Yet another theoretical viewpoint within the sexual research/prevention arena could be the Health Belief Model (Becker 1988). This social emotional viewpoint focuses from the individual’s desire to prevent infection and is targeted on wellness values and preventative habits. This process is ideal for highlighting influences that are motivational nevertheless, a limitation for this and relevant approaches such as for example Fishbein and Ajzen’s Theory of Planned Behavior (Ajzen and Fishbein, 1980; Fishbein et al. 2001) is the fact that the focus is individualistic and assumes the behavior under consideration is volitional. Therefore, social and processes that are situational under-emphasized, including problems surrounding the settlement of condom usage.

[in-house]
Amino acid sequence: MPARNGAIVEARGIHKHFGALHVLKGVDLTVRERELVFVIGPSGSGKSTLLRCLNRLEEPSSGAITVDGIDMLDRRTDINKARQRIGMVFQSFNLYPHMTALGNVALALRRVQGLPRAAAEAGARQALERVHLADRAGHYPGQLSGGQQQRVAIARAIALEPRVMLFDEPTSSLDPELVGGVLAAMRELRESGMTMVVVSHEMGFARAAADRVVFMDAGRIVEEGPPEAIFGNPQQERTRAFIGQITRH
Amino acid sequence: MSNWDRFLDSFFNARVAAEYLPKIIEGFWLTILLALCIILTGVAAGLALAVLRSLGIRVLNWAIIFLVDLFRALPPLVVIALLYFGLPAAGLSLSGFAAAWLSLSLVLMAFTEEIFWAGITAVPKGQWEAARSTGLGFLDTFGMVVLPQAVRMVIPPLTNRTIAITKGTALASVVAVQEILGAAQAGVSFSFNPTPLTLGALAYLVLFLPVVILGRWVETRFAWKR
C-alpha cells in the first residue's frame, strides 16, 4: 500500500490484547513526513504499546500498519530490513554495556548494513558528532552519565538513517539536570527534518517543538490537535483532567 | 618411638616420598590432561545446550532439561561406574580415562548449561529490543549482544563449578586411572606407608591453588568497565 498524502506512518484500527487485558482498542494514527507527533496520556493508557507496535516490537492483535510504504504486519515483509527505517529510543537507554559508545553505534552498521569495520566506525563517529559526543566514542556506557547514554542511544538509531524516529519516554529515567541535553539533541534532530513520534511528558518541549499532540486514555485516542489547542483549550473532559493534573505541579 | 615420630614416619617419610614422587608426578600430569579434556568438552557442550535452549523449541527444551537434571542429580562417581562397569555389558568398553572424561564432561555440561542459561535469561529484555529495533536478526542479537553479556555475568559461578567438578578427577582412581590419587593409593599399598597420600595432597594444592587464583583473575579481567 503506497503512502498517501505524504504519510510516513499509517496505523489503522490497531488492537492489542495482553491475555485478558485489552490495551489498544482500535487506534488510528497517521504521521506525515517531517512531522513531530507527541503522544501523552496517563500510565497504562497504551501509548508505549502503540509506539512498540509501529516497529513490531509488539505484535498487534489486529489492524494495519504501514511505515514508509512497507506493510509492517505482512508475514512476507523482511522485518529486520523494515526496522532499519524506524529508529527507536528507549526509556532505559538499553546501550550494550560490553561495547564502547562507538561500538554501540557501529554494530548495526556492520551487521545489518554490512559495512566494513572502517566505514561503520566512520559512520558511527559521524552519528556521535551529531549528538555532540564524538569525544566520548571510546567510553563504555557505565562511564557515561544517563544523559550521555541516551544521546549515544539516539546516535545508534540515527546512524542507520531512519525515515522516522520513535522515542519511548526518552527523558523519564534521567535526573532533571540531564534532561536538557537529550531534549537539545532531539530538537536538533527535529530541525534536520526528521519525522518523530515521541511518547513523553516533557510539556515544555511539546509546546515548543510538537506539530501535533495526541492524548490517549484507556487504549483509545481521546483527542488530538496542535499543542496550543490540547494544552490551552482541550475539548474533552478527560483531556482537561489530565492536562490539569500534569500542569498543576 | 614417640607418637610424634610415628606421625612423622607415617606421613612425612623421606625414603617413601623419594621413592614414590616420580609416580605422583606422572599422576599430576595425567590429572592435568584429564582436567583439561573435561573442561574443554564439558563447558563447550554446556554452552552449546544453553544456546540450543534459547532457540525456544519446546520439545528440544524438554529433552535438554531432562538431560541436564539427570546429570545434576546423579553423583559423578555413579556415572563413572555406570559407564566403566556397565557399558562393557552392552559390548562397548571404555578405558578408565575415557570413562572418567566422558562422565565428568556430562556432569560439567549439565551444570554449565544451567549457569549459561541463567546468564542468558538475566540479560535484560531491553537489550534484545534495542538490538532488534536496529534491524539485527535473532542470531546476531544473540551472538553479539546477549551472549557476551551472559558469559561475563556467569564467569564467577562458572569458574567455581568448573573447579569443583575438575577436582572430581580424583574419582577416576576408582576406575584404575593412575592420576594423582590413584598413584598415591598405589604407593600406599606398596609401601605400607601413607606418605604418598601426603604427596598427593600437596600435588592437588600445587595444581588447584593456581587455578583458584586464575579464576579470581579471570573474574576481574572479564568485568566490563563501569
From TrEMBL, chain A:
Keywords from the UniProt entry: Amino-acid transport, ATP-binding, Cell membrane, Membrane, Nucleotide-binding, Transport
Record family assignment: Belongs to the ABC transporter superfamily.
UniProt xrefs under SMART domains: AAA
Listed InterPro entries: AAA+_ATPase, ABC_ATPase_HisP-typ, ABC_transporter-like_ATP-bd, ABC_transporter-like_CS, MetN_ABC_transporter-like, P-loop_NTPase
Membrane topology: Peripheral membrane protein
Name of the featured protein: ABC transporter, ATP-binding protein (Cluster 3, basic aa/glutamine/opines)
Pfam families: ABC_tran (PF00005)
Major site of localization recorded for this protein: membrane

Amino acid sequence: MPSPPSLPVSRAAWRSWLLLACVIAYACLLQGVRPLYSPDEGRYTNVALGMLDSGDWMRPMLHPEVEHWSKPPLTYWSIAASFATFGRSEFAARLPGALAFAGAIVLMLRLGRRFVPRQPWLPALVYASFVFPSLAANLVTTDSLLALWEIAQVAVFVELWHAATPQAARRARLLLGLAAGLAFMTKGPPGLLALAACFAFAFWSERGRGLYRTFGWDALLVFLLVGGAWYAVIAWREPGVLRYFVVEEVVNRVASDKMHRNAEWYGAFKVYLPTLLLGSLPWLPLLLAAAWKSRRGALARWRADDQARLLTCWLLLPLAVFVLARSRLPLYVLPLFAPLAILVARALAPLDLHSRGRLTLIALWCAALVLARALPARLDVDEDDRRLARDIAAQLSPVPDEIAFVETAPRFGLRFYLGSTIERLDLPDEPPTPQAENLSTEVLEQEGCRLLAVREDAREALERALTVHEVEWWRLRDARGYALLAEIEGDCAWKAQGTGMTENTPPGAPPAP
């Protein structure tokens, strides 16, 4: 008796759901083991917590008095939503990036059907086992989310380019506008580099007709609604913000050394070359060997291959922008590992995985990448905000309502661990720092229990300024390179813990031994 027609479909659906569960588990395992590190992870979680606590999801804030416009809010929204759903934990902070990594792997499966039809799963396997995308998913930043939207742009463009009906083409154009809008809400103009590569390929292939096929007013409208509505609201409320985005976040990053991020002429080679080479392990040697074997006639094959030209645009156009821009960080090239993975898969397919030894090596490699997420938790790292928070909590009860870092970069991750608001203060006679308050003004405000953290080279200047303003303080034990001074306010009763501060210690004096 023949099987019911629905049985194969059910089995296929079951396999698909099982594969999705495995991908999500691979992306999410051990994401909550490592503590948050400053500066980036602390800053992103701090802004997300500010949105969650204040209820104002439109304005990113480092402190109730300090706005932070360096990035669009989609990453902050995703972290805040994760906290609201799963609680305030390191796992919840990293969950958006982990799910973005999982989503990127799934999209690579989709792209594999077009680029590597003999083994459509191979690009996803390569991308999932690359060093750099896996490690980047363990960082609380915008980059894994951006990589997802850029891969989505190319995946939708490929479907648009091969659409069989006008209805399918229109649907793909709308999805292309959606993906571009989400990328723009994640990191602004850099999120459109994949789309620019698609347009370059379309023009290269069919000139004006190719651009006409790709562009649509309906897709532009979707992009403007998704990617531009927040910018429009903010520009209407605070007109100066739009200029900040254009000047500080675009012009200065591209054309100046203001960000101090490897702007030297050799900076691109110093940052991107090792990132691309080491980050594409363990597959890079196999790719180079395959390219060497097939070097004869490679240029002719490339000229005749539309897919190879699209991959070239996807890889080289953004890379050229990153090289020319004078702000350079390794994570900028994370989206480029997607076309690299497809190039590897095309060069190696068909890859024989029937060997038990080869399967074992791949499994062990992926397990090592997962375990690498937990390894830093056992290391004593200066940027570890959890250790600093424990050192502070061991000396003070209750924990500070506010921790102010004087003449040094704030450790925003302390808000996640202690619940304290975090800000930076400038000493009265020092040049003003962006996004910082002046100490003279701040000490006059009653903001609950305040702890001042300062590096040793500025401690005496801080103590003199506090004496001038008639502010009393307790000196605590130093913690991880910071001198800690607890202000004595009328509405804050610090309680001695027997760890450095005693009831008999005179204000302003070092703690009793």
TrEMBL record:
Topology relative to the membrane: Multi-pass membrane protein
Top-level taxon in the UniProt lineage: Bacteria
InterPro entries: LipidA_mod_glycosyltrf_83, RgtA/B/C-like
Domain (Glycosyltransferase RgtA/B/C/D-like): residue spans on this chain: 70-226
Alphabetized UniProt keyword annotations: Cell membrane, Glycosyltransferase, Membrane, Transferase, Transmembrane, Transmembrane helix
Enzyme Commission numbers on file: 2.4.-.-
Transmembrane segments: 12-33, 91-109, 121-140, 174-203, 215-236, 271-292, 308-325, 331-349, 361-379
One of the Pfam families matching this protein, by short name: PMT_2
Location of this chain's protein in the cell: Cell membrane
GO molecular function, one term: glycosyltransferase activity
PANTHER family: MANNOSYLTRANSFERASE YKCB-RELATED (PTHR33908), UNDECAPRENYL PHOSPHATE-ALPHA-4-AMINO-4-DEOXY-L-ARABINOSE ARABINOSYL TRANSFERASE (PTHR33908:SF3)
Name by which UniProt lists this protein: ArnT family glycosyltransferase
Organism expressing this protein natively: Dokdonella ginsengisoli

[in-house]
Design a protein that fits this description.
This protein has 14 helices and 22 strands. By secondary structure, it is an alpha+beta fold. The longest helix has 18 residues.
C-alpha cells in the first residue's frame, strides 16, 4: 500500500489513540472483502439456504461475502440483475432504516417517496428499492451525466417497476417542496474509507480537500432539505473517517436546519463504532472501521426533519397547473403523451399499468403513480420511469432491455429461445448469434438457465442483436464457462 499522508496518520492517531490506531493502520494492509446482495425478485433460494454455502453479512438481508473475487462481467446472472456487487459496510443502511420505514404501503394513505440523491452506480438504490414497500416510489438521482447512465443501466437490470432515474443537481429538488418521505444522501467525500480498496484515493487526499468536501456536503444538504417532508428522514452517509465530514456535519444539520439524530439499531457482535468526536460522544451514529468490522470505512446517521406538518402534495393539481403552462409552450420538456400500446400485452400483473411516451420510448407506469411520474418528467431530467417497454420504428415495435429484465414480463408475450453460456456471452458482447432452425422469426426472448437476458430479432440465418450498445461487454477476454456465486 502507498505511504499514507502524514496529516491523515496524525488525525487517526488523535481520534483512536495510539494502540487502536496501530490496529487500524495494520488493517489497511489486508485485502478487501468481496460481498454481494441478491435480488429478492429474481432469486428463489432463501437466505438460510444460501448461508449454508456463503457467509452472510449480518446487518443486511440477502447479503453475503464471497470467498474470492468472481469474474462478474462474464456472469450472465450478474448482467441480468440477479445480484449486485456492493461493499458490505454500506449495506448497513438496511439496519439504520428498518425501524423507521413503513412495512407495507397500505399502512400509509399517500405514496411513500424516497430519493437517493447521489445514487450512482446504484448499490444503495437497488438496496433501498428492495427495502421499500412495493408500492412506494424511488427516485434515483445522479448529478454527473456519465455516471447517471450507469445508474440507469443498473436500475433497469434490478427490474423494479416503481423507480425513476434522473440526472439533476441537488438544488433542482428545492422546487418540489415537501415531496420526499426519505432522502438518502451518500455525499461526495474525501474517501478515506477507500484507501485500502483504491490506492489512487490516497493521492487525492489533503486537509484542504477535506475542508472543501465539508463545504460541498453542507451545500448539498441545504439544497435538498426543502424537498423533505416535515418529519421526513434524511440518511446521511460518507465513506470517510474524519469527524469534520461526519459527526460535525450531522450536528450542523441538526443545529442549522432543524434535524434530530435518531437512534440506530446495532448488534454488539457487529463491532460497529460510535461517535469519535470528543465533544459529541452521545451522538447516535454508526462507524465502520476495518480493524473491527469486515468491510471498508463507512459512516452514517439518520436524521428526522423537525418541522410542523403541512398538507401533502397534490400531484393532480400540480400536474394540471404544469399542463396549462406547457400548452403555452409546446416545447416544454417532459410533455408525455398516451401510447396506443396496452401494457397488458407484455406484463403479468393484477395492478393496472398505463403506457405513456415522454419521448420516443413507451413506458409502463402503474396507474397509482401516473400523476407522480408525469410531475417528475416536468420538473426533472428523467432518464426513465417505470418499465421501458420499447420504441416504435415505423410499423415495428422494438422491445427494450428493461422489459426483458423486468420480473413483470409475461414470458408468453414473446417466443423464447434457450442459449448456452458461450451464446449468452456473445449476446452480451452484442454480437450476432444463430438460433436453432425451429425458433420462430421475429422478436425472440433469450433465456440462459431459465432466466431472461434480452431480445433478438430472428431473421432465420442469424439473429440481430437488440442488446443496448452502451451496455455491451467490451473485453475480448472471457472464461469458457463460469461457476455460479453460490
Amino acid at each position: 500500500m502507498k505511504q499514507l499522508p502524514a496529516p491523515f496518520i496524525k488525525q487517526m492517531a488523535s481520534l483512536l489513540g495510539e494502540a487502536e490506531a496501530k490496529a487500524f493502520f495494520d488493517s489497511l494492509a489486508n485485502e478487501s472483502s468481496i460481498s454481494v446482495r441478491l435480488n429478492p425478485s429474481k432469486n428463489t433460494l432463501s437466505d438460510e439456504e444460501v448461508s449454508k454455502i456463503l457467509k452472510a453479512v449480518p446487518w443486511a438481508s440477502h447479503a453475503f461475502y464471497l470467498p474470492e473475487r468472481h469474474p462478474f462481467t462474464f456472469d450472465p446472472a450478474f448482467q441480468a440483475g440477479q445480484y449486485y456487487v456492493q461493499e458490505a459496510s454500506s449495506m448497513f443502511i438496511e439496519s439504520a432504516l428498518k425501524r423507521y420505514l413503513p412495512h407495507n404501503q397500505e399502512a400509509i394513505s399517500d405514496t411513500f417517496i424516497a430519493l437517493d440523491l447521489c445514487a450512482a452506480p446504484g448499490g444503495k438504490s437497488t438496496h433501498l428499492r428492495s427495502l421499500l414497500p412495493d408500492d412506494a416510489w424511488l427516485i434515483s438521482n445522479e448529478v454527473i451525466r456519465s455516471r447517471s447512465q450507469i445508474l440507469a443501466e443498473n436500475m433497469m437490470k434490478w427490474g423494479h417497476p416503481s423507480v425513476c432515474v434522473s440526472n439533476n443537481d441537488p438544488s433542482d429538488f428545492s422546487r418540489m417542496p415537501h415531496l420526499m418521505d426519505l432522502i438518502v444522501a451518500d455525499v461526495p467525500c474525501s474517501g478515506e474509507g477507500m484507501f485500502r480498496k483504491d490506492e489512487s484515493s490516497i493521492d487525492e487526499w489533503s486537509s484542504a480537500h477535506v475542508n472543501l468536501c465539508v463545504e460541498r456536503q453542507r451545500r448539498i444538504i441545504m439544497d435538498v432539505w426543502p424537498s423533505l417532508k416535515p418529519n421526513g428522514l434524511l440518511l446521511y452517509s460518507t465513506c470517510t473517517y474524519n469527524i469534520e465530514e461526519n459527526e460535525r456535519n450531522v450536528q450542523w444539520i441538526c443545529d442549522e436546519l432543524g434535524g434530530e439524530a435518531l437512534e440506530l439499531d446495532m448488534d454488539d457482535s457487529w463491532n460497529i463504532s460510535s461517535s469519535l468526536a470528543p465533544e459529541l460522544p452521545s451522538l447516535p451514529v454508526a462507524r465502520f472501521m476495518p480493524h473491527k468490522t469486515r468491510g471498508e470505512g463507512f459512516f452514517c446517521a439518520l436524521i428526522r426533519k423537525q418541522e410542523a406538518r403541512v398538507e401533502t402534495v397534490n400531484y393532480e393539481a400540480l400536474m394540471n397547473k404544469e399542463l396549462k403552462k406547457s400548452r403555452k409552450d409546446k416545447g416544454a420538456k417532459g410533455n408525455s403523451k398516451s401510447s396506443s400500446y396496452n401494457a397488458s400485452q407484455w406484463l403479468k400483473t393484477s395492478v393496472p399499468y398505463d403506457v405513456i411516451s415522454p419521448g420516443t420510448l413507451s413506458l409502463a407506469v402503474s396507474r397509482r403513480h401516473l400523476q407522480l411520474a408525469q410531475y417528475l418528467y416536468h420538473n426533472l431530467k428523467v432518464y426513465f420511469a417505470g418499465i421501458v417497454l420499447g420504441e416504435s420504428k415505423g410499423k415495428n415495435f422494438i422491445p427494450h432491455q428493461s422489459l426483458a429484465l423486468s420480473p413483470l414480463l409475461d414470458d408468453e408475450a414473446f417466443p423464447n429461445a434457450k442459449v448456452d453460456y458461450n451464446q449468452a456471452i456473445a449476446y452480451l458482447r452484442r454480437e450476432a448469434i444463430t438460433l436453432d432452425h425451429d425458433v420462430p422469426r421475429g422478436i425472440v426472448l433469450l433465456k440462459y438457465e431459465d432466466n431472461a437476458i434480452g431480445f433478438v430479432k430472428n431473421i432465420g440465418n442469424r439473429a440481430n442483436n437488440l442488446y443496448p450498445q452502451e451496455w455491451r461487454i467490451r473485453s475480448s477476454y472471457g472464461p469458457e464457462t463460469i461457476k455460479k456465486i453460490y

Our conceptual framework emphasizes that intimate relationships aren’t individualistic (although information will come in one person), but they are complex social bonds which can be likely incompletely described pertaining to any one construct-such as length, regularity of conversation, or kind of intimate relationship ( e.g., casual versus committed). Our approach that is multidimensional derives a symbolic interactionist view of relationship exchanges ( ag e.g., Giordano et al. 1986; McCall and Simmons 1978). As Burgess and Huston (1979, p. 9) note: “an explicit glance at trade processes sets the phase for thinking about the relationship itself – as opposed to the people or the bigger system as being a device of analysis. ” The partner as reference other, and the qualities of the relationship, itself, become central to a comprehensive understanding of the likelihood and manner in which sexual behavior and in turn sexual risk occur (Giordano et al. 2001) as applied to intimacy, by highlighting the dyadic character of sexual relations. The interactionist that is symbolic underscores the necessity to capture and explain these relationships because the actors by by by themselves experience them. This tradition emphasizes that definitions emerge from social interactions; therefore, we explore intimate danger administration by targeting the individual’s view regarding the relationship including provided interaction, heightened emotionality, conflict, and relationship asymmetries.